Felt Trips: “Yogurt Pots Of The Daleks” by Chris Geeson

“Fermentate! Fermentate!”

Alright, you think of a yogurt-related Dalek pun on a busy Bank Holiday weekend. And see if you can match the creativity of reader Chris Geeson who, in 1989, created his own mini-army of Skarosian psychopaths from matchsticks, ice cream scoops and the discarded packaging from family-sized packets of Ski. Not only that, but his efforts gained him a Blue Peter badge… a coveted accessory that you can (just about) see Chris sporting on a visit to the Blackgang Chine amusement park on the Isle of Wight, shortly afterwards:

Over to you, Chris…

“Imagine if Davros had built his Daleks out of whatever junk he found lying around. Well, that’s just what I did in the late 1980s and I won a Blue Peter badge for it!

I’ve always been mad about Doctor Who. Growing up in Sheffield in the 1980s, I used to re-enact my favourite episodes (especially Resurrection of the Daleks) with my action figures – but back then, I didn’t have any from Doctor Who. I’d always loved being arty though, especially making models, so aged 11 or 12 I decided I would make my own Daleks to battle the rest of my figures…

The genesis of these Daleks began with an empty yogurt pot and a heavy coat of grey paint. I added dozens of black circles (each one I had to cut out, paint and stick on!) and a middle section made from a cardboard tube with a couple of matchsticks glued on. But there was still a key component missing: the head dome. It just so happened there were tubs of ice cream you could buy back then, complete with a free plastic scoop that was just the right size and shape! I seem to remember the first tub of ice cream didn’t last long, such was my eagerness to save the scoop from the bin. In a few more weeks I’d collected enough yogurt pots, scoops and all the rest to build my own mini army. Leading them was a Davros that I made by adding half an old action figure and some modelling clay.

I didn’t watch Blue Peter very often, but I was well aware of the crafty segment they used to do, and the destiny of my Daleks was surely to take over the programme. I drew up some instructions and posted them, awaiting the world domination that would surely follow. That didn’t work out exactly as I’d planned, though I did get a letter rewarding me with a Blue Peter badge.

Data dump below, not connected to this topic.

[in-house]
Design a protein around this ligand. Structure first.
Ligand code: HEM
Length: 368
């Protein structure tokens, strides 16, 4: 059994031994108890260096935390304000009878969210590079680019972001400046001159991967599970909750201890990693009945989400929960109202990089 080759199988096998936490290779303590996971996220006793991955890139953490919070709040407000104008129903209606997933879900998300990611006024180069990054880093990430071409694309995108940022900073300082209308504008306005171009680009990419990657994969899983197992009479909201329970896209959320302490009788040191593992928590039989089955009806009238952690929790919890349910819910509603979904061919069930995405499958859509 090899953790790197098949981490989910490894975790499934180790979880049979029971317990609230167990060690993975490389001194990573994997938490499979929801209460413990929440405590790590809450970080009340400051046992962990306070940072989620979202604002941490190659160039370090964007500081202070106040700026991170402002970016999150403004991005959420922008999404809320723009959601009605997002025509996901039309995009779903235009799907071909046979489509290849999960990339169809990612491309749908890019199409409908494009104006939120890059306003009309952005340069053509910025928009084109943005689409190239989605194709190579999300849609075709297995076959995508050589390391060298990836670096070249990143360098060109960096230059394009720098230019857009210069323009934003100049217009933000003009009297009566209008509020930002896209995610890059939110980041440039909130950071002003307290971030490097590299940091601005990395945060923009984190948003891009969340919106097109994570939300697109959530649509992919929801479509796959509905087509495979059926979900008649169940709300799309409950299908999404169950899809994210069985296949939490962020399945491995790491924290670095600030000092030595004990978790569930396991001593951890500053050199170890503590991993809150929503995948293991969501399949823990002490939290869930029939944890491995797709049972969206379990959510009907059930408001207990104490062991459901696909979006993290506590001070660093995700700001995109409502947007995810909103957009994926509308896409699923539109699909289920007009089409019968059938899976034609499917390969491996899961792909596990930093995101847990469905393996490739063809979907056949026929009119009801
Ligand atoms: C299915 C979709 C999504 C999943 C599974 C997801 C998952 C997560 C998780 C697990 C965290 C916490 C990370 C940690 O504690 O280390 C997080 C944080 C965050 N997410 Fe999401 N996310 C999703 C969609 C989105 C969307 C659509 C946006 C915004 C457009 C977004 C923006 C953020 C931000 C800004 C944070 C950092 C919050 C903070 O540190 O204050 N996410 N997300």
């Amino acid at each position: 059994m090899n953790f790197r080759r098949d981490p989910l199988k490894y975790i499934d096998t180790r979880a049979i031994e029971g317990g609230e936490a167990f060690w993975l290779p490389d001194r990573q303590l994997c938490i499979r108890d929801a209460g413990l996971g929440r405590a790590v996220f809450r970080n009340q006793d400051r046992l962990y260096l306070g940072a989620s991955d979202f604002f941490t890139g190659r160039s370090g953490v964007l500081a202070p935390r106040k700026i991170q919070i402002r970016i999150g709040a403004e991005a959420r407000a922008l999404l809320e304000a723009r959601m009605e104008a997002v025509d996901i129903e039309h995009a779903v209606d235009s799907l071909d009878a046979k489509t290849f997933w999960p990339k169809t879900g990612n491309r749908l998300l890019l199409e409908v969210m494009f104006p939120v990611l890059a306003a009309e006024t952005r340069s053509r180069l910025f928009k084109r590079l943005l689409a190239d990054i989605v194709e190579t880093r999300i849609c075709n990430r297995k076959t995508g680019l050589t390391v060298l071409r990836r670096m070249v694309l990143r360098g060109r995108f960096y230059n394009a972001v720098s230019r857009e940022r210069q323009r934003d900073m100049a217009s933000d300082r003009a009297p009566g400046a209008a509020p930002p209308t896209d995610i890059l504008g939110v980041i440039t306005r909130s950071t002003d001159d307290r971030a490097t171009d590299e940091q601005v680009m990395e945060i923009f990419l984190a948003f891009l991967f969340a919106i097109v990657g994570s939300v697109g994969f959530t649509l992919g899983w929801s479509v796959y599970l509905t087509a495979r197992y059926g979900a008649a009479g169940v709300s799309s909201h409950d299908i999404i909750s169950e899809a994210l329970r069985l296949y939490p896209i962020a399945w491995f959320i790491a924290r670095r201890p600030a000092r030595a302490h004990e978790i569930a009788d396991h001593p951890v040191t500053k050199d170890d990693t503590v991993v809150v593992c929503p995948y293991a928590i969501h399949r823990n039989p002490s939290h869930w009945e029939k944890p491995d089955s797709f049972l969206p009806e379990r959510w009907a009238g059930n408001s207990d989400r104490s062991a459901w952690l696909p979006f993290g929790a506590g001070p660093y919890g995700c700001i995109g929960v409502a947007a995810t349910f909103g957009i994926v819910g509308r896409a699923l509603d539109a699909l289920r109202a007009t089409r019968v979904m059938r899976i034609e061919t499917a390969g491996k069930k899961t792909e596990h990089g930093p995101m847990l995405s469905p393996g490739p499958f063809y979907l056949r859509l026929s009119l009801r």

Inspired by this modest success, I continued in an arty vein, later heading off to art college and into film/TV production. Many years after my Daleks’ failed invasion, I was working on a short sci-fi film in Leeds when Sophie Aldred’s CV turned up in the post – naturally, I persuaded the producer to give Ace a role in the movie! I’ve since gone back to my roots with model-making and nowadays I run art and craft activities for young people in schools, libraries, and museums across North Yorkshire, often showing them how to make robots and spaceships from junk. I’ve never lost my love of Doctor Who, and over the years I’ve had a few groups of kids making upgraded versions of my Daleks as well as TARDISes and Weeping Angels, I still save any junk that looks useful for sci-fi model-making projects…”

Thanks so much! Chris now writes SF short stories, runs art workshops and works as a tour guide. Visit…

https://www.facebook.com/chrisgeeson.creativeclubs.1

Felt Trips is a collaborative effort. If anyone wants to contribute their own childhood drawings from the era, I would be utterly delighted – please drop me a line using the “Contact” link at the top of the page. A good quality scan would be perfect, but – if not – then a clear photo of your artwork, lying flat, is fine. And maybe a few words of explanation, too: when the drawings were done, how old you were, what inspired you to tackle those particular subjects? Thanks so much.

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